Capitol Building by Andrew Malone is licensed under CC BY 2.0.

With Election Day about four months away, pundits and policymakers are already deliberating the types of policy proposals they wish to pursue going into next year. On the banking front, a litany of regulatory and legislative reforms is needed in the wake of the current administration’s unjust regulatory agenda. These reforms would rein in the administrative state while simultaneously enabling a free market banking sector that elevates the quality of service to consumers, borrowers, shareholders, and businesses of all sizes. 

In certain cases, Congress should codify reforms in federal statute first to prevent the executive branch from abusing its authority. One of the problems with contemporary banking regulation is that the executive branch has taken on the role of the administrative state—with unelected bureaucrats acting as a fourth branch of government. Elected officials in Congress make the laws of the land, not the executive branch. 

The recent promulgation of the Basel III Endgame proposal is a prime example of the administrative state’s overreach. The bank capital rule, which is the U.S. regulatory implementation of Basel III Endgame, directly circumvents Congress’s authority to write laws that govern U.S. banks. 

Basel III was not a creation of Congress, but the brainchild of the Basel Committee on Banking Supervision—an intergovernmental arm of the Bank for International Settlements composed of regulators from around the world. The Basel Committee and its regulatory frameworks have no legal authority in the U.S. However, U.S. regulators have been happy to indulge and, in some cases, apply even stricter standards without providing the necessary empirical evidence to justify such onerous regulations. 

The executive branch needs to remain within its remit. Too often, regulatory agencies, such as the Federal Reserve (Fed), Federal Deposit Insurance Corporation (FDIC), Office of the Comptroller of the Currency (OCC), and Consumer Financial Protection Bureau (CFPB) propose congressionally unauthorized rulemakings (the bank capital rule being one of them). Fortunately, the affirmation of the major questions doctrine and the repudiation of the Chevron doctrine both further reassert the separation of powers among the three branches of government. Federal regulators will no longer be able to unilaterally interpret ambiguous statutes and promulgate regulations that vaguely align with statutory authority. The executive branch will not be able to issue economically significant rules unless explicitly authorized by Congress. If a rule is disputed, the judiciary, not the agency, will be the sole entity assigned to interpreting its alignment with Congress’s intent. This rightly reaffirms the constitutional powers and limitations afforded to each branch of the federal government. The new case law will help reduce the administrative state’s power and strengthen the banking sector and financial markets in the U.S. for years to come.  

Ideally, a new administration would first pause any pending rules, guidance, supervisory letters, etc., to reassess and propose new light touch regulation that is firmly based on statutory authorizations. Below is a broad list of banking reforms that a new administration and Congress should consider.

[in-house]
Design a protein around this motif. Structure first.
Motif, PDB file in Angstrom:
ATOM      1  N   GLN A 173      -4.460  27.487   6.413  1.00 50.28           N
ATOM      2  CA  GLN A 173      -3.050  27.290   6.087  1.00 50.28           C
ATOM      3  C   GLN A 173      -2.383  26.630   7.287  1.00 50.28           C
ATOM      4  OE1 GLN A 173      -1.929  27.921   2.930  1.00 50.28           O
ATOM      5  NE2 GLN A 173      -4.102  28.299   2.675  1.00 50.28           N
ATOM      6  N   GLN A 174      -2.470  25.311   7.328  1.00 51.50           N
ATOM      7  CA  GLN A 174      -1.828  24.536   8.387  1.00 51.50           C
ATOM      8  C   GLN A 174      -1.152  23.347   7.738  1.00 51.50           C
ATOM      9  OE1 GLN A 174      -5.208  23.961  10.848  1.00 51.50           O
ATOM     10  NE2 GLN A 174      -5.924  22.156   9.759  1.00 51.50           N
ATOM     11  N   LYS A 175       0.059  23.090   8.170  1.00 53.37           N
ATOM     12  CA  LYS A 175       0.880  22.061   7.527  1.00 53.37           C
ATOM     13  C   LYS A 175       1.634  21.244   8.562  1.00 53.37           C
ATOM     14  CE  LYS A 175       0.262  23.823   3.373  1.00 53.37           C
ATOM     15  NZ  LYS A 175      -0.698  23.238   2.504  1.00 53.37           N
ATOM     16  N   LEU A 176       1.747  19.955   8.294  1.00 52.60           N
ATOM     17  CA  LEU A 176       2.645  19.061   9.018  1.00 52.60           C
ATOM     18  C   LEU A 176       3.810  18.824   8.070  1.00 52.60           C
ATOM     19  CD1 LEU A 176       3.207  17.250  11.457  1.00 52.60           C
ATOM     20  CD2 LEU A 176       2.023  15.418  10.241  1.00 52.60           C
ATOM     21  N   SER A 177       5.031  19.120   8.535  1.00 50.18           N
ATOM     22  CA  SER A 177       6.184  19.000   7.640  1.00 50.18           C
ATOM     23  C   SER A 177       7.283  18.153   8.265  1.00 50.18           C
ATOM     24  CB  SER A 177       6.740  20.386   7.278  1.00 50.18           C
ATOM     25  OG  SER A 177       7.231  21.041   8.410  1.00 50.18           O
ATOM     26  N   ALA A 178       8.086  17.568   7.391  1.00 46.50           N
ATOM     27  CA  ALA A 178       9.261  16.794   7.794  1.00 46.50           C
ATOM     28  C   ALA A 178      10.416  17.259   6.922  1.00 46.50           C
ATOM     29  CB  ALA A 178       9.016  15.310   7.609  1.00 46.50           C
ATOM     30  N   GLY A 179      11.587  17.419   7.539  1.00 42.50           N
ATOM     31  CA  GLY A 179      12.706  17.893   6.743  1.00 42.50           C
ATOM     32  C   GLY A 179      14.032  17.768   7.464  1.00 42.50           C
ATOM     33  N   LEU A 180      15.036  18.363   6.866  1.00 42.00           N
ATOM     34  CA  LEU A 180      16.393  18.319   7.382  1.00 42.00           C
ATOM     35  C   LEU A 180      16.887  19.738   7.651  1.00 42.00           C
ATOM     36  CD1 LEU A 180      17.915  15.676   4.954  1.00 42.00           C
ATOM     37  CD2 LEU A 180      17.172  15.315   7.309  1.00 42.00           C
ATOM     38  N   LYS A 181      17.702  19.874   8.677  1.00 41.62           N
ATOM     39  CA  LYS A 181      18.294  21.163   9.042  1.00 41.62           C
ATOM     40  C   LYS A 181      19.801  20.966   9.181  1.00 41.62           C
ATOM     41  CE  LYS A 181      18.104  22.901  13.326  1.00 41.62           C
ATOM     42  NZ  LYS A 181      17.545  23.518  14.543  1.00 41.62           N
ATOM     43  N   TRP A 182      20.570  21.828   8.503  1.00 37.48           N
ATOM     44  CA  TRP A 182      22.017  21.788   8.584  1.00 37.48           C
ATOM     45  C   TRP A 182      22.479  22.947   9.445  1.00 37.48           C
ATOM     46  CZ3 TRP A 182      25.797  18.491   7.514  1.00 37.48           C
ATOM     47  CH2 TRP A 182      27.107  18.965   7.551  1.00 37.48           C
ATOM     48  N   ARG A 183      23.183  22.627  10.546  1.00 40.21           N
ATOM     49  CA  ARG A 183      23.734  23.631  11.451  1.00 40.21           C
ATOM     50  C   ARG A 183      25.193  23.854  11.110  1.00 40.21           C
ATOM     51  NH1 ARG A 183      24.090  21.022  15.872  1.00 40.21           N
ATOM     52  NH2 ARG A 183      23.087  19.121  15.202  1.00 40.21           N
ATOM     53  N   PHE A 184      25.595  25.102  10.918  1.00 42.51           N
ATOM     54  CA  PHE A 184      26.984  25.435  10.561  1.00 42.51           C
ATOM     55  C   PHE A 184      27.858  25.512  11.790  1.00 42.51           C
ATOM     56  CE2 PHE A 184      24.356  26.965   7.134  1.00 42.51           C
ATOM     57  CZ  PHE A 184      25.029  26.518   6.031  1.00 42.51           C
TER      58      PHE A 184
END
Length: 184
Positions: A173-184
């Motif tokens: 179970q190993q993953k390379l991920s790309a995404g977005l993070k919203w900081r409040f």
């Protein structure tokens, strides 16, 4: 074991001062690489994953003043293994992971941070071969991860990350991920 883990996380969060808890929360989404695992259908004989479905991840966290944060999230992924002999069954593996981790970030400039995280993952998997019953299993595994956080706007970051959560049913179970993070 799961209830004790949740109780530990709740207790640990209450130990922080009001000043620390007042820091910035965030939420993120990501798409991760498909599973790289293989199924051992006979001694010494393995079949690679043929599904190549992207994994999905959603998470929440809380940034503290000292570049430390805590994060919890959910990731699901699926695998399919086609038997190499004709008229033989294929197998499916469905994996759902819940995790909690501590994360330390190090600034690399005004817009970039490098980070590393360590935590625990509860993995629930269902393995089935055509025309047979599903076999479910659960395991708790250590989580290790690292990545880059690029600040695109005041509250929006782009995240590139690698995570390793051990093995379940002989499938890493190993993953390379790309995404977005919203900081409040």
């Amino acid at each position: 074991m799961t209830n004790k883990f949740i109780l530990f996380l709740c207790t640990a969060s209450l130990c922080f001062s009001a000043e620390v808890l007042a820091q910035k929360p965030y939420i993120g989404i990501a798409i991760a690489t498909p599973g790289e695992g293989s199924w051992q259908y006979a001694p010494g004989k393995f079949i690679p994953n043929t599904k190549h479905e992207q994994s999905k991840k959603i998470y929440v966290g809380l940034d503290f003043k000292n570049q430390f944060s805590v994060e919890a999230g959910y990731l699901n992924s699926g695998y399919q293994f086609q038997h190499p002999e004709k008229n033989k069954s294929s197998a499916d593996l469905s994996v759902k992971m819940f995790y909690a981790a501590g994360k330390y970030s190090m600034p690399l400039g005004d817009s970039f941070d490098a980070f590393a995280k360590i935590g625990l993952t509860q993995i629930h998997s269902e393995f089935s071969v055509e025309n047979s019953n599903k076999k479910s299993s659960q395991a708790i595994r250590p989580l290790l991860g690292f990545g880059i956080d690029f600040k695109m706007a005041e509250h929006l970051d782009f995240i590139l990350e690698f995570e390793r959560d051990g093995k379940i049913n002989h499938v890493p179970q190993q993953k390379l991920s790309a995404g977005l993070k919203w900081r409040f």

If you would like to read the comprehensive list with more detailed descriptions, click here.


  • Rescind mergers and acquisitions (M&A) proposals from the Fed, FDIC, and OCC.
  • Require M&A applications to be approved within 120 days of filing. 
  • Stop conditional approval of mergers based on future activities.
  • End weaponization of the Community Reinvestment Act. 
  • Remove the regulators’ stranglehold on arbitrary bank examination metrics. 
  • Compel regulators to strictly follow legal precedent when enforcing cease and desist orders for unsafe and unsound practices.
  • Clarify that bank examiners are not authorized to scrutinize banks for compliance with federal consumer protection laws. 
  • Enact general transparency with regard to banking rules and requirements.
  • Prohibit regulators from using guidance documents to enforce new rules.
  • Repeal Method 2 surcharge for global systemically important banks (GSIBs).
  • Rescind rule requiring midsized banks to issue long-term debt (LTD).
  • Enact legislation that codifies prohibitions on “Operation Choke Point” activities. 
  • Repeal the Durbin Amendment as enacted in the Dodd-Frank Act. 
  • Prohibit the Fed from implementing changes to the debit card interchange fee cap without Congressional reports, testimony, and publication of quantitative analysis. 
  • Eliminate the cap on non-brokered reciprocal deposits.
  • Realign the Collins Amendment with Congress’s original intent. 
  • End the FedNow project.
  • Eliminate duplicative consumer finance examination among regulators.
  • Force regulators to report to Congress on their interactions with the Basel Committee on Banking Supervision, International Monetary Fund, Financial Stability Board, and Network for Greening the Financial System.
  • Enact legislation to prohibit regulators from requiring government models.
  • Eliminate reliance on Fannie Mae and Freddie Mac to backstop the U.S. mortgage market. 
  • Eliminate the provision of the Dodd-Frank Act permitting CFPB enforcement authority over federal consumer financial laws. 
  • Make clarifications to unfair, deceptive, or abusive acts or practices (UDAAP) principles.
  • Subject CFPB to congressional appropriations.
  • Enable more transparency with the Fed and FDIC’s decisions on bank’s living wills. 
  • Amend 31 U.S.C. § 5318 and implement regulations to prevent the federal government from prohibiting banks from revealing suspicious activity reports (SARs). 
  • Ensure that the Fed, FDIC, OCC, and CFPB do not duplicate FinCEN and the Office of Foreign Assets Control’s (OFAC) statutory obligations.